2.            You acknowledge and agree that Moody’s credit ratings: (i) are current opinions of the future relative creditworthiness of securities and address no other risk; and (ii) are not statements of current or historical fact or recommendations to purchase, hold or sell particular securities.  Moody’s credit ratings and publications are not intended for retail investors, and it would be reckless and inappropriate for retail investors to use Moody’s credit ratings and publications when making an investment decision.  No warranty, express or implied, as the accuracy, timeliness, completeness, merchantability or fitness for any particular purpose of any Moody’s credit rating is given or made by Moody’s in any form whatsoever.          

3.            To the extent permitted by law, Moody’s and its directors, officers, employees, representatives, licensors and suppliers disclaim liability for: (i) any indirect, special, consequential, or incidental losses or damages whatsoever arising from or in connection with use of the Information; and (ii) any direct or compensatory damages caused to any person or entity, including but not limited to by any negligence (but excluding fraud or any other type of liability that by law cannot be excluded) on the part of Moody’s or any of its directors, officers, employees, agents, representatives, licensors or suppliers, arising from or in connection with use of the Information.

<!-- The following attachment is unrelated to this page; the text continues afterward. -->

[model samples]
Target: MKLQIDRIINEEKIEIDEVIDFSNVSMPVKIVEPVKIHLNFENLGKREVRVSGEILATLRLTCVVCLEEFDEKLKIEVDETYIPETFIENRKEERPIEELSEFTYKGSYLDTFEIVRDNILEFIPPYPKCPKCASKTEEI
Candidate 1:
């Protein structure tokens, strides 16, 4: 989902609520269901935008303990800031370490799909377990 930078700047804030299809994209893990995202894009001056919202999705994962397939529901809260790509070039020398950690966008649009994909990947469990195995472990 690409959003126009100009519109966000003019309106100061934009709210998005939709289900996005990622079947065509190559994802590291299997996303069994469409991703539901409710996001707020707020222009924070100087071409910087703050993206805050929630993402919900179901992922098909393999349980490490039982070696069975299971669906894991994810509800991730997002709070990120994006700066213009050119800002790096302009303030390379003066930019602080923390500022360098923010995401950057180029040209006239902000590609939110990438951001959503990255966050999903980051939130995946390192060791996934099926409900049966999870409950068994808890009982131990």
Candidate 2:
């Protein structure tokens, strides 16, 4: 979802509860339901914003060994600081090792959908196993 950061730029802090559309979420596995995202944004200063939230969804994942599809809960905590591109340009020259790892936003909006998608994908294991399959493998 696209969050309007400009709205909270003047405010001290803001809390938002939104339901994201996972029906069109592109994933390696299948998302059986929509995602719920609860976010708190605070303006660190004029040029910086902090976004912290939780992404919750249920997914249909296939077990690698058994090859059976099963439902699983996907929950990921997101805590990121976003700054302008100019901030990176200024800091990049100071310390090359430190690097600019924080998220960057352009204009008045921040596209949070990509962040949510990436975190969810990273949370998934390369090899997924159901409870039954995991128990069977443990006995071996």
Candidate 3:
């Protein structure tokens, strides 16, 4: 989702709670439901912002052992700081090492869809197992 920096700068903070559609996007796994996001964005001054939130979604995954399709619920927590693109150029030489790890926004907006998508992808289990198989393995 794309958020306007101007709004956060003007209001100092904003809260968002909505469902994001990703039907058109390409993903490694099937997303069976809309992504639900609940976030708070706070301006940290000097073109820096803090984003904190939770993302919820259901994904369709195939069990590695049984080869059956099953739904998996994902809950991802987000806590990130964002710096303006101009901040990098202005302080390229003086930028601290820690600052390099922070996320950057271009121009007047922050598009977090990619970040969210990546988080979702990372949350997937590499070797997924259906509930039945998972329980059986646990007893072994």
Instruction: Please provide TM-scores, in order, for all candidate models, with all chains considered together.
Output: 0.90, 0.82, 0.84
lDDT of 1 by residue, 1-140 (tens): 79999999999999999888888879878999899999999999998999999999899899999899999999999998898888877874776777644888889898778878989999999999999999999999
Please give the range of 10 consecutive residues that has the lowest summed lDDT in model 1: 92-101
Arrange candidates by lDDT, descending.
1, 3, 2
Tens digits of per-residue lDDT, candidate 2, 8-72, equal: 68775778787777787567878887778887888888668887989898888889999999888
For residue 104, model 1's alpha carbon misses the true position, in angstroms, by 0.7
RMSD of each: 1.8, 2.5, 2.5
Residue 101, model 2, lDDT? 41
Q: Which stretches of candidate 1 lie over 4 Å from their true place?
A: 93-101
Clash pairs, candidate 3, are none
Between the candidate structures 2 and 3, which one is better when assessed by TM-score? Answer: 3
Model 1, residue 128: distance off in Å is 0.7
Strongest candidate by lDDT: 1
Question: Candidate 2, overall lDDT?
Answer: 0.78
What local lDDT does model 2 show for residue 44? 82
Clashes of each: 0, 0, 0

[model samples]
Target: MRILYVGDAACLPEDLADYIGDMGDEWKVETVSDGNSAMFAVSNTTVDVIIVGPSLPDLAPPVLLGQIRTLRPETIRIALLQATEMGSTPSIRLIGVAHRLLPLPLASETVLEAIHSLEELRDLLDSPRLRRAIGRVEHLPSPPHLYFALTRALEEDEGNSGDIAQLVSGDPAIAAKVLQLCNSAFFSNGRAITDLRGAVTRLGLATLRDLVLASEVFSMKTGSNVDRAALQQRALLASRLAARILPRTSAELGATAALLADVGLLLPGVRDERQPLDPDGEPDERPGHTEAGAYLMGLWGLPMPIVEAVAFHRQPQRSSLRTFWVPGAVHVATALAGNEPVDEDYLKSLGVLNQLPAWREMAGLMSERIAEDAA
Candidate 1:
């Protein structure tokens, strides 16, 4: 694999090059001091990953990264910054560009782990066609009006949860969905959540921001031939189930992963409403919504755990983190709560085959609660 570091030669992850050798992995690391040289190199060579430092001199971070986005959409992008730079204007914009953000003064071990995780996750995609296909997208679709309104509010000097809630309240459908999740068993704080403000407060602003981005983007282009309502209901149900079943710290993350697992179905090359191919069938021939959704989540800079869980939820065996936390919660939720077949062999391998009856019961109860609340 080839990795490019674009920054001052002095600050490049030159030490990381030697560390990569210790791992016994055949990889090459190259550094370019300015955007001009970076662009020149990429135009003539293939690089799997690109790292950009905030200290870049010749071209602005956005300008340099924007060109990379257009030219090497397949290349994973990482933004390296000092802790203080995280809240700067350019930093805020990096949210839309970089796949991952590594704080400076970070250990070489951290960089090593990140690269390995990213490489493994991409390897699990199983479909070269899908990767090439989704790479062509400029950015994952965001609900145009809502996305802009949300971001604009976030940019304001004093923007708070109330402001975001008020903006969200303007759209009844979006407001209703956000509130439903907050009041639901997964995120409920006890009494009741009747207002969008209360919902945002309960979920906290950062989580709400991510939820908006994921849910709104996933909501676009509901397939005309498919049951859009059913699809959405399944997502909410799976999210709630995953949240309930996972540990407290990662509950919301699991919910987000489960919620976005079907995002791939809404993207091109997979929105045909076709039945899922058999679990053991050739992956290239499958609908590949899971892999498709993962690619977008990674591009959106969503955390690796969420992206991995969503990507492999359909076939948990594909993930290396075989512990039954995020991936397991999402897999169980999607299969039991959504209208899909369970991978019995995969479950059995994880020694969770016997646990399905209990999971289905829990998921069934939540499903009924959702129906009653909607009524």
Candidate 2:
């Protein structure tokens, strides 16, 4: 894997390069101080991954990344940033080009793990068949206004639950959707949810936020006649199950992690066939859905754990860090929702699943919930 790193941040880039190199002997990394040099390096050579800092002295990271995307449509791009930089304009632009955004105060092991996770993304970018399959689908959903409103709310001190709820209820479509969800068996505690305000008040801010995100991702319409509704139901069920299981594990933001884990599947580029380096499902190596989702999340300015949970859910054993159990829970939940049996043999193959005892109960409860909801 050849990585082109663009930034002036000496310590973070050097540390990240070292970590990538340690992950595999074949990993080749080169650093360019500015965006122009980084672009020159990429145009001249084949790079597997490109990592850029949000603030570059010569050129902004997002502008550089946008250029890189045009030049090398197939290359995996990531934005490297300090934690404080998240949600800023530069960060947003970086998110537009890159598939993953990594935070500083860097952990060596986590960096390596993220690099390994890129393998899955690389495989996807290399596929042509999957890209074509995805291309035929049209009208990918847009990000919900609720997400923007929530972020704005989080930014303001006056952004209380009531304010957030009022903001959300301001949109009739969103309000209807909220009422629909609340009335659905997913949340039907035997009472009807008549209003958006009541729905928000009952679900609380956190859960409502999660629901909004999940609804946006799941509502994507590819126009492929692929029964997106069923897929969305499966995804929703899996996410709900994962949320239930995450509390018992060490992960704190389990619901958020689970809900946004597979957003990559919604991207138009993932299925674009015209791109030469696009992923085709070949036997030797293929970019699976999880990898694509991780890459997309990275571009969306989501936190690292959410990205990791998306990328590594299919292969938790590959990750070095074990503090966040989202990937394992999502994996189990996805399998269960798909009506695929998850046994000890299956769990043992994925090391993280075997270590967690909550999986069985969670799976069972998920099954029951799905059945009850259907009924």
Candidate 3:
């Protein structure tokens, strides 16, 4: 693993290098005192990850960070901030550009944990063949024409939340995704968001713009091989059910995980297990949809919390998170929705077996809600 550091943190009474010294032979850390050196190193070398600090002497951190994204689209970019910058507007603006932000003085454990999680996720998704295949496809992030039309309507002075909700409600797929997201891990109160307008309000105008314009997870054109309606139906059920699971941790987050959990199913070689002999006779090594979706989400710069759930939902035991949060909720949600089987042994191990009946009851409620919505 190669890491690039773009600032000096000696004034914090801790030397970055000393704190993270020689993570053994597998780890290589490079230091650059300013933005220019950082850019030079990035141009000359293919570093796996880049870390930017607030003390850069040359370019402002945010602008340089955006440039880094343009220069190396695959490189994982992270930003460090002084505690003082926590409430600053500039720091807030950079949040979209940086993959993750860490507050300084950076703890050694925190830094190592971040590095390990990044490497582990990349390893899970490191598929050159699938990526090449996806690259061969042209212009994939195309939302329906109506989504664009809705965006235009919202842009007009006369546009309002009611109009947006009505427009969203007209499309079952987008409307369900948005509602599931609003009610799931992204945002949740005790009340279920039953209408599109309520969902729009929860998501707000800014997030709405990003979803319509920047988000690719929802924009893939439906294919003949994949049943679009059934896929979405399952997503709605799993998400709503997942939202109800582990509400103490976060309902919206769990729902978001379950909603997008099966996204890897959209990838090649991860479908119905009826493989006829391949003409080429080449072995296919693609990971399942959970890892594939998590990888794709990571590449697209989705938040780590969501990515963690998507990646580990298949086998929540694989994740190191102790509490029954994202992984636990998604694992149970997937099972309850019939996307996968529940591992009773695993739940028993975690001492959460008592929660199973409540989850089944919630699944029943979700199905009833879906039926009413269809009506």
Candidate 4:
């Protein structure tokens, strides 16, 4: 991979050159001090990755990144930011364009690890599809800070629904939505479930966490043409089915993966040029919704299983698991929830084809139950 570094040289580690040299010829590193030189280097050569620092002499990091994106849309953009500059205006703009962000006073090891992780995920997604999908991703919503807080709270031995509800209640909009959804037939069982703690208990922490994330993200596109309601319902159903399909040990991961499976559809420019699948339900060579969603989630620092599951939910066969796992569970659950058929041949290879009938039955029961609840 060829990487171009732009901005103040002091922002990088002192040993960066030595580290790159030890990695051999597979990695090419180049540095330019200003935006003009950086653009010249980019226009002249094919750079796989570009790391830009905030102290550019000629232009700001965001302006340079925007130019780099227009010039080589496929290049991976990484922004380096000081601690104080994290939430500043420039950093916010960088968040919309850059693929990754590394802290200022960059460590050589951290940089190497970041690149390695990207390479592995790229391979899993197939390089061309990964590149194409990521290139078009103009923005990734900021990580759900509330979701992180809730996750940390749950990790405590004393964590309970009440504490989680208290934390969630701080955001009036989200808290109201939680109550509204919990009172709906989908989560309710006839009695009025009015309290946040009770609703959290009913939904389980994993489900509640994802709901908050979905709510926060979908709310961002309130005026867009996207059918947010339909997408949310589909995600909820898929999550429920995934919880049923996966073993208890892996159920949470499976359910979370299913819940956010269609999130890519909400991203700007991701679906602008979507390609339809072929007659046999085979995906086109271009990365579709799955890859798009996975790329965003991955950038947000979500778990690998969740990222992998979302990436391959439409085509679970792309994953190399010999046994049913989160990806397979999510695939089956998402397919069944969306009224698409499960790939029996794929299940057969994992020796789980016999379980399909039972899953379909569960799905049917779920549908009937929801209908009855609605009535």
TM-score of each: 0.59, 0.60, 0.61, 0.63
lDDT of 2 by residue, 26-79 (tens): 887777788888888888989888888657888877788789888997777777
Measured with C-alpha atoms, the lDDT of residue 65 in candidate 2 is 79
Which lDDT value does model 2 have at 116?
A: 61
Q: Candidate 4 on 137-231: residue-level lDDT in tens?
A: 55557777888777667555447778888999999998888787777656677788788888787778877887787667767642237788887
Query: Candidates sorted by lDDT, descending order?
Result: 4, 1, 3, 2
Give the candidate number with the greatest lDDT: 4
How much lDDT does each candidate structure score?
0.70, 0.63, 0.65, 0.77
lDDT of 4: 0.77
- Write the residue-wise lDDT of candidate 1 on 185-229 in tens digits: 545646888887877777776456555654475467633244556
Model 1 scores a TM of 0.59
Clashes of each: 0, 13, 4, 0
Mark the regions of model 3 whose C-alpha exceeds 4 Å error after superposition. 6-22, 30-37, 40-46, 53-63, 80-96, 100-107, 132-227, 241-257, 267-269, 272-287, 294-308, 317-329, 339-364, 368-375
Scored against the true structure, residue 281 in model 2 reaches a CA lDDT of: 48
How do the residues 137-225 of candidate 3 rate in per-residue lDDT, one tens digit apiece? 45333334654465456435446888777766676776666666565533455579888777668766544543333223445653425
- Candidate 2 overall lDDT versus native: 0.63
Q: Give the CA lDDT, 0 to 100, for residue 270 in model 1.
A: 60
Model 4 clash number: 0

4.            You agree to read [and be bound by] the more detailed disclosures regarding Moody’s ratings and the limitations of Moody’s liability included in the Information.